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dc.contributor.advisor Goodman, Jesse H. en
dc.contributor.advisor McMullen, Mary B. en
dc.contributor.author Lee, R. Lena en
dc.date.accessioned 2010-06-01T22:03:13Z en
dc.date.available 2027-02-01T23:03:14Z en
dc.date.available 2010-06-19T15:36:15Z
dc.date.issued 2010-06-01T22:03:13Z en
dc.date.submitted 2006 en
dc.identifier.uri http://hdl.handle.net/2022/7723 en
dc.description Thesis (PhD) - Indiana University, School of Education, 2006 en
dc.description.abstract This dissertation was to investigate young Korean girls' understanding about the American popular culture by using peer group discussions. Assuming that children are active learners in interpreting American popular culture, it focused on how they constructed distinct meanings for the significance that American popular culture holds in their lives. In order to do so, this dissertation looked particularly at young Korean girls who have lived in the United States by examining how these girls interpreted, negotiated with, and reconstructed American socio-moral values and expectations that are presented in American popular culture. In this dissertation, Disney animated films were chosen since they are considered one of the exemplary symbols of American children's popular culture by American Disney reviewers as well as by Korean audiences. Before analyzing young Korean girls' understanding on the Disney films, this dissertation started by illustrating the relationships between popular culture, society, and education, popular culture's meaning to and influence on children, and the importance of children's interpretation of popular culture in the field of both cultural studies and education. In addition, it addressed the multicultural contexts of Korean children who live in America and these contextual influences on the Korean children's understanding of American popular culture. This dissertation then discussed three major themes, which dealt with young Korean girls' perspectives of the characteristics of attraction of romantic love, their interpretations of sexual messages and constructing sexuality, and their perceptions of being royals in the Disney films. Finally, this dissertation provided some implications and suggestions for young children's parents, early childhood teachers and teacher education programs, and researchers about using popular culture as a way to understand young children and their diverse interpretations which depend on the various contexts of different audiences. en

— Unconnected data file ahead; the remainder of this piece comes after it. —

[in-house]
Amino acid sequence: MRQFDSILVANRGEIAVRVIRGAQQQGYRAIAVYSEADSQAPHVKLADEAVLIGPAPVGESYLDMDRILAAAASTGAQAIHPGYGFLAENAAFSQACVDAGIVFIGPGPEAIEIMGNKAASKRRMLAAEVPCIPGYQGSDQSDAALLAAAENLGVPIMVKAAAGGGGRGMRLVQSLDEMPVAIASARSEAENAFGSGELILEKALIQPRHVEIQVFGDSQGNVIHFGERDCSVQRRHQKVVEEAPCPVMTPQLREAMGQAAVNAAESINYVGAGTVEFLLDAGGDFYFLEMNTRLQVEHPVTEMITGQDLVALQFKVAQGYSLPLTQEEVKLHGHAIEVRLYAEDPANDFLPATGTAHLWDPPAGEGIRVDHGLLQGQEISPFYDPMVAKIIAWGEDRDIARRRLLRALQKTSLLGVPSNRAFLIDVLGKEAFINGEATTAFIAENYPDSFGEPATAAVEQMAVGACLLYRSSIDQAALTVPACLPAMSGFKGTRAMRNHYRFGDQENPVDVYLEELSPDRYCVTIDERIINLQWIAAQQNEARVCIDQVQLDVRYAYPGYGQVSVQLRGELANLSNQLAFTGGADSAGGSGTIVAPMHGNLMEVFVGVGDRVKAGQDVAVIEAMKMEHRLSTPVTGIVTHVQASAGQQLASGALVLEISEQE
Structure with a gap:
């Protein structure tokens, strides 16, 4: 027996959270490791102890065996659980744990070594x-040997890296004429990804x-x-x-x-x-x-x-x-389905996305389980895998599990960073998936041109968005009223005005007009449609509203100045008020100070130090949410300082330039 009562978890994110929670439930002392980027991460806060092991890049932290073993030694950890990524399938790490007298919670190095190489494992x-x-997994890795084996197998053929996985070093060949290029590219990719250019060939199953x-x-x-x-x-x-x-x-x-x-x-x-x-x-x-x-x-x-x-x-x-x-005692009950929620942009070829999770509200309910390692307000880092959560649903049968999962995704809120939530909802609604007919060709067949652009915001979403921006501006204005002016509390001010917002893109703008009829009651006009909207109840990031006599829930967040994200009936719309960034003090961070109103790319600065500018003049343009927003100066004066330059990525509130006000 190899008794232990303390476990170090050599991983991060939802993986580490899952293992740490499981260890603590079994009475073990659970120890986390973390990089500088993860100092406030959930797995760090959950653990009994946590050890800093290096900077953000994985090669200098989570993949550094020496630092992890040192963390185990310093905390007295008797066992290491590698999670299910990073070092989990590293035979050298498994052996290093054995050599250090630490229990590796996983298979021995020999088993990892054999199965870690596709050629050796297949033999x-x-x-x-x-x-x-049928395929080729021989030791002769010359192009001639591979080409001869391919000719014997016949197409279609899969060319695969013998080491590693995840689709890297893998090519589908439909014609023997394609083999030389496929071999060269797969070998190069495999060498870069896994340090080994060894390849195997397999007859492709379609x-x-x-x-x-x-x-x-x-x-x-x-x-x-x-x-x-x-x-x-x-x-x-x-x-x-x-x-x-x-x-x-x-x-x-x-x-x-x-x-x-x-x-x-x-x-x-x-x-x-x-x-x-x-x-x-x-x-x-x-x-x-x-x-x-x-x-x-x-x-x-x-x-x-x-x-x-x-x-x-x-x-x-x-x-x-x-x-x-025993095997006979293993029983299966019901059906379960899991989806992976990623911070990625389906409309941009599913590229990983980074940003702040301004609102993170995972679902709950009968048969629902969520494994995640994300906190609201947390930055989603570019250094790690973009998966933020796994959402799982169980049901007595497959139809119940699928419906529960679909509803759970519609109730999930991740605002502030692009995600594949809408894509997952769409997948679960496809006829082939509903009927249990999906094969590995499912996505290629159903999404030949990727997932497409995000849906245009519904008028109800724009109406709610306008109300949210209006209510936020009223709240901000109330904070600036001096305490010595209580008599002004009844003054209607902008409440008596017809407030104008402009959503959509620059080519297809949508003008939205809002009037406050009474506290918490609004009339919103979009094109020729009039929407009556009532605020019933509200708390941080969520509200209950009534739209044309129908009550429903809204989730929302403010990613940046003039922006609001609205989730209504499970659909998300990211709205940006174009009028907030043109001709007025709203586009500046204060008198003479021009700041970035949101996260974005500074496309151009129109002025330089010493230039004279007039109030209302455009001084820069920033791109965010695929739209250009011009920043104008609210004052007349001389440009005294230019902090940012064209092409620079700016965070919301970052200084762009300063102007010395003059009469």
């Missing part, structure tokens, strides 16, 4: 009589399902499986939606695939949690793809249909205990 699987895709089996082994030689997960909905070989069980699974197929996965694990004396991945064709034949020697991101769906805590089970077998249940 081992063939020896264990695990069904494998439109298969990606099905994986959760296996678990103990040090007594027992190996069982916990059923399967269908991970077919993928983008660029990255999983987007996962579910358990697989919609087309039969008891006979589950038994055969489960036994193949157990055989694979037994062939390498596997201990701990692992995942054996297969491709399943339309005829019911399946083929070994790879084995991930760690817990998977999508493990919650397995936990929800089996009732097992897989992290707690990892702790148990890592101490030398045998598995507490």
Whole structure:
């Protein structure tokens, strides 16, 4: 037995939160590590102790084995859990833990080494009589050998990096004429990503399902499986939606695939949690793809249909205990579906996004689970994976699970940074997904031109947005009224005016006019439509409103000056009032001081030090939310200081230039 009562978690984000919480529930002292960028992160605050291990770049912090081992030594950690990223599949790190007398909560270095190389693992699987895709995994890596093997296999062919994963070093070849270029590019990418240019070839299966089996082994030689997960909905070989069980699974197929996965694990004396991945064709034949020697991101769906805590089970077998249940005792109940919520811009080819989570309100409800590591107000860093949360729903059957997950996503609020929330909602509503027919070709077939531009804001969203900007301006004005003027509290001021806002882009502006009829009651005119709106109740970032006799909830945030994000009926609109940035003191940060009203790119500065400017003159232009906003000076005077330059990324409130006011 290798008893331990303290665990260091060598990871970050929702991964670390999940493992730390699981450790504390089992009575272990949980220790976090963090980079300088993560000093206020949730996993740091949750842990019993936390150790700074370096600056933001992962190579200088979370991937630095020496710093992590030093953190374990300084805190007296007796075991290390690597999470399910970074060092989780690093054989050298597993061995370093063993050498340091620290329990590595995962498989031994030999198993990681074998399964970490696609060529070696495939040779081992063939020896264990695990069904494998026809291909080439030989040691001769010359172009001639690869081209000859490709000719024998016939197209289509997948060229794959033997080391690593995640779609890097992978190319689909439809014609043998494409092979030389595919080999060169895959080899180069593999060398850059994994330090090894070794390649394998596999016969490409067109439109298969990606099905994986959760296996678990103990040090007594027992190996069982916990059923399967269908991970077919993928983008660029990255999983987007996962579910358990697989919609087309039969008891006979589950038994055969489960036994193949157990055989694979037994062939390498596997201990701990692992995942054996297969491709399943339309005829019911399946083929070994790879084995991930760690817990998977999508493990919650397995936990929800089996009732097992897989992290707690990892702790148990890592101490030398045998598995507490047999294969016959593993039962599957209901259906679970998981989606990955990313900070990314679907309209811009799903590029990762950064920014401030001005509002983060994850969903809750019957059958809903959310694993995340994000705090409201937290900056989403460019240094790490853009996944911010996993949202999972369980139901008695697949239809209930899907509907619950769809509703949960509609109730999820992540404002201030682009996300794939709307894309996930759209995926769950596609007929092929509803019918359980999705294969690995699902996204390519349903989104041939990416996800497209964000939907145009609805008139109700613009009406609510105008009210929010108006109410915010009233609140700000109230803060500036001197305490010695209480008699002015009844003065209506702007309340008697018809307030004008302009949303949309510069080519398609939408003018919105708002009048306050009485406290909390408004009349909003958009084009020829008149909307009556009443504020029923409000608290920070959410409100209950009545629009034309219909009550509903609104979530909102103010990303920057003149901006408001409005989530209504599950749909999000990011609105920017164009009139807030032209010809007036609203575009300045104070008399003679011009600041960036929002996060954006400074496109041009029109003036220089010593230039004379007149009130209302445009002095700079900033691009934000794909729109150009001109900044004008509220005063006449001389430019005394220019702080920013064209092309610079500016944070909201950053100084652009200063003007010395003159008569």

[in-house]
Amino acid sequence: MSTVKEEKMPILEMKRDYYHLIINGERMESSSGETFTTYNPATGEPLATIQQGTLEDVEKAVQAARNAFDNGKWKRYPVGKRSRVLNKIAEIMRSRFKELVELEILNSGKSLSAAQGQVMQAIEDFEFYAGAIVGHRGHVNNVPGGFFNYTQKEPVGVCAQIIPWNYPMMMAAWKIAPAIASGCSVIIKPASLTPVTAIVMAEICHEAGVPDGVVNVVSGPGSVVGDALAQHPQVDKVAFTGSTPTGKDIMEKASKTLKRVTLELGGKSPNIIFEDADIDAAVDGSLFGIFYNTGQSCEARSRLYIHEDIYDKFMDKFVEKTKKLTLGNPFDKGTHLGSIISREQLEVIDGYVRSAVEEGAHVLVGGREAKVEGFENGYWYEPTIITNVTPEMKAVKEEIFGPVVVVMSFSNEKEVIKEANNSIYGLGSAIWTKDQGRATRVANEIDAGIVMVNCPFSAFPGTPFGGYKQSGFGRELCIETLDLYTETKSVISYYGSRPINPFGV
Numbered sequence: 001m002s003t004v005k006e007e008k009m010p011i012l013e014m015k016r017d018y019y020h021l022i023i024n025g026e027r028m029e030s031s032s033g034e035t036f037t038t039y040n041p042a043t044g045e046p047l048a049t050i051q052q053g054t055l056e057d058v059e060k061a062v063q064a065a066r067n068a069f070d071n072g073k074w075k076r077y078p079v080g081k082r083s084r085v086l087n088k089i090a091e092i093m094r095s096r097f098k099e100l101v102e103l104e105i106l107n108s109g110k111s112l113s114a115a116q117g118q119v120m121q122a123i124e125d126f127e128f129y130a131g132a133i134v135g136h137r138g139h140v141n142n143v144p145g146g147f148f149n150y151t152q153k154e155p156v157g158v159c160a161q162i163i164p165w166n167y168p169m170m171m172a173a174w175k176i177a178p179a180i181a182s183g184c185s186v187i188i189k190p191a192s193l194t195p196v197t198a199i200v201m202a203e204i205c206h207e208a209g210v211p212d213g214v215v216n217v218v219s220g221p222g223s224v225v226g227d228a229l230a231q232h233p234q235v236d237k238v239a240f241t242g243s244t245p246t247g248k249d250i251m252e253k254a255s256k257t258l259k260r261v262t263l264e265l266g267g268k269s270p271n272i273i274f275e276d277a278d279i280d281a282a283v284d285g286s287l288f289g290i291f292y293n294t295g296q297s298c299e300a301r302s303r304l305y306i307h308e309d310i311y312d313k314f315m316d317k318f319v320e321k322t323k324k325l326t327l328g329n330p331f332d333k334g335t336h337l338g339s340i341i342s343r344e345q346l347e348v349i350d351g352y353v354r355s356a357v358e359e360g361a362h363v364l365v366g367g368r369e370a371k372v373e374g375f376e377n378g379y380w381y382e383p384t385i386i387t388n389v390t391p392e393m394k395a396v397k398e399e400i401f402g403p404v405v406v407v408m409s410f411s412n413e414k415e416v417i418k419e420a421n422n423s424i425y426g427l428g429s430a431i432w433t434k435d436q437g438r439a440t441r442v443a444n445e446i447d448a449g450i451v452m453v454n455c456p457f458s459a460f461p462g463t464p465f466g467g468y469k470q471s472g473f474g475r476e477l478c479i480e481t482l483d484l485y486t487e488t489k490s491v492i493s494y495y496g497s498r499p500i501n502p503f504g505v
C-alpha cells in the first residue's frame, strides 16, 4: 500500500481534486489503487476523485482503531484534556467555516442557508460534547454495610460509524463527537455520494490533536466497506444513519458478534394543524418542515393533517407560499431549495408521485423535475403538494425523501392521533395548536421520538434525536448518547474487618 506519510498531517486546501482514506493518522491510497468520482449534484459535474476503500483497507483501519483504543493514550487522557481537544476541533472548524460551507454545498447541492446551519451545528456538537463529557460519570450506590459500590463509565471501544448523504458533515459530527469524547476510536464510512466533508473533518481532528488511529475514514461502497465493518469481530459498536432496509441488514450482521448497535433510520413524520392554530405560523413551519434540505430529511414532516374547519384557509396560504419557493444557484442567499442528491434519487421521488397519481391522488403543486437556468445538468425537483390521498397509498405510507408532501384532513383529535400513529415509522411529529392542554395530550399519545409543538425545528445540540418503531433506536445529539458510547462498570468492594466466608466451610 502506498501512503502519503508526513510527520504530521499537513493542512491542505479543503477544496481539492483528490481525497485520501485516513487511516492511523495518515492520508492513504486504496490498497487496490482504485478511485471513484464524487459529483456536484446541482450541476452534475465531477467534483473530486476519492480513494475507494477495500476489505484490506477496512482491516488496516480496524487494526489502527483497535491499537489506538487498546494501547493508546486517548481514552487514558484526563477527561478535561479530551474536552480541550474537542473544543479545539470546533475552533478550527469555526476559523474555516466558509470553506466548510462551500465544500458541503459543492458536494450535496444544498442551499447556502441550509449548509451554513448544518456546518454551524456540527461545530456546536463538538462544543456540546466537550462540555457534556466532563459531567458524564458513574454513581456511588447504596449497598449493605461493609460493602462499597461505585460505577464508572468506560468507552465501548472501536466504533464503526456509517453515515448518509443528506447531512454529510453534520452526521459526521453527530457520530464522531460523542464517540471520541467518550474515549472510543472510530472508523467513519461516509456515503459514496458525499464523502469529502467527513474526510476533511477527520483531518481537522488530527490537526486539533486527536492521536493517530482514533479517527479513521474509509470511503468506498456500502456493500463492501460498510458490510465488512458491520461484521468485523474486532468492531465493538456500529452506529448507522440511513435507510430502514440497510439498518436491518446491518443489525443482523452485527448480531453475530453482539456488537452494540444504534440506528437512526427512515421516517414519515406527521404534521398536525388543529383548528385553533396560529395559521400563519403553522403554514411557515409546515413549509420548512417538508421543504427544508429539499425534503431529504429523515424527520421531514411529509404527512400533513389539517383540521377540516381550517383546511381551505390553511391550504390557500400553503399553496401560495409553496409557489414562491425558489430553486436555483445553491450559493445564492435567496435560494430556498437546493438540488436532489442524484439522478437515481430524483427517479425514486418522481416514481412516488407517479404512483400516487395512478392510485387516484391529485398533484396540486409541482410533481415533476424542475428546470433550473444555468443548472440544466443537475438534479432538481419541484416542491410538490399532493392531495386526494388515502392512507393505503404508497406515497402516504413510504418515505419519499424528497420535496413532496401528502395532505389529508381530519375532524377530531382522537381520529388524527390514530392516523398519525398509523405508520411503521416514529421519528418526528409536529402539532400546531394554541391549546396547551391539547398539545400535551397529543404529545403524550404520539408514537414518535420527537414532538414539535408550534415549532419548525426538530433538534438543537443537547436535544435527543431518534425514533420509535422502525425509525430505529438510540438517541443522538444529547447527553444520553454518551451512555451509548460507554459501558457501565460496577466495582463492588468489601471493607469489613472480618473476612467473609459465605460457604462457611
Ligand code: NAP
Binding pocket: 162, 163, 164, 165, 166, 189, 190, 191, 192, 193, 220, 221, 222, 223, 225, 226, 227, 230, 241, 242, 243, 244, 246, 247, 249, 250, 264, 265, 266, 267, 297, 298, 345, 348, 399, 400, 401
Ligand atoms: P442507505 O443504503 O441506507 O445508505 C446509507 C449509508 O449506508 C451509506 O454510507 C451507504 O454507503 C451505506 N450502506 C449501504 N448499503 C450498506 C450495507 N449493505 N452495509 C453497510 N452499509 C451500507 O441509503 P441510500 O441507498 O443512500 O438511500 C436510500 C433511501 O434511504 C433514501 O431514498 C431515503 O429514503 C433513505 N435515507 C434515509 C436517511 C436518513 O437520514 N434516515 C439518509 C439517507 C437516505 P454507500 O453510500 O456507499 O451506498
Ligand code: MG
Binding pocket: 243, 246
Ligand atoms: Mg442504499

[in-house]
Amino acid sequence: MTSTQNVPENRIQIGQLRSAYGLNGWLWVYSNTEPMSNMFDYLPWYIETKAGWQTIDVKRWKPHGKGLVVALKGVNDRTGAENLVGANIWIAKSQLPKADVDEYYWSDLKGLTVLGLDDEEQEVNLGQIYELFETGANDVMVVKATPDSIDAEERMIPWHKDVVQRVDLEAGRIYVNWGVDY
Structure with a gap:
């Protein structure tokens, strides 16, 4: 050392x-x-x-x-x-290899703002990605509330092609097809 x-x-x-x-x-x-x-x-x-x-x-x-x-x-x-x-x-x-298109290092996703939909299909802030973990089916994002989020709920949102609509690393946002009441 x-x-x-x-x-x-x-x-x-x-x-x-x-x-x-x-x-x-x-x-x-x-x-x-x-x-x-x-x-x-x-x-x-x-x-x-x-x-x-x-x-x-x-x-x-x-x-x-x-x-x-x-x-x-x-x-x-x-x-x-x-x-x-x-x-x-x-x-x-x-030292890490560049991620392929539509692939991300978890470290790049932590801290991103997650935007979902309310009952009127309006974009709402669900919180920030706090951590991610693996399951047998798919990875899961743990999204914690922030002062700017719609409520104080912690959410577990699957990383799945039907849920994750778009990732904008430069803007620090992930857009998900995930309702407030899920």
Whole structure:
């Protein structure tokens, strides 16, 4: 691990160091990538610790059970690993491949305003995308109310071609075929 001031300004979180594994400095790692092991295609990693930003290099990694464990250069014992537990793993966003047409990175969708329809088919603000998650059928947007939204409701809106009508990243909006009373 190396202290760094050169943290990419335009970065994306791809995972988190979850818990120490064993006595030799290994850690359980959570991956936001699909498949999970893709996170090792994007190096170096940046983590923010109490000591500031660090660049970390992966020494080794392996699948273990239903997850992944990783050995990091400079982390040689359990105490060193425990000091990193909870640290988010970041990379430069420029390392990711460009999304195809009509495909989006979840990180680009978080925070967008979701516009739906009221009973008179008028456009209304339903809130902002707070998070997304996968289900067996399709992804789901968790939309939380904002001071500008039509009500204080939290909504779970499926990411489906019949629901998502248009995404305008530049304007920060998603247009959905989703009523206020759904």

dc.language.iso EN en
dc.publisher [Bloomington, Ind.] : Indiana University en
dc.subject elementary education en
dc.subject Korean girls en
dc.subject early childhood education en
dc.subject multicultural education en
dc.subject popular culture en
dc.subject disney animated films en
dc.subject.classification Education, Bilingual and Multicultural en
dc.subject.classification Education, Curriculum and Instruction en
dc.subject.classification Education, Early Childhood en
dc.title "Becoming an American Princess?": The Interpretations of American Popular Culture by Young Korean Girls Living in the United States en
dc.type Doctoral Dissertation en


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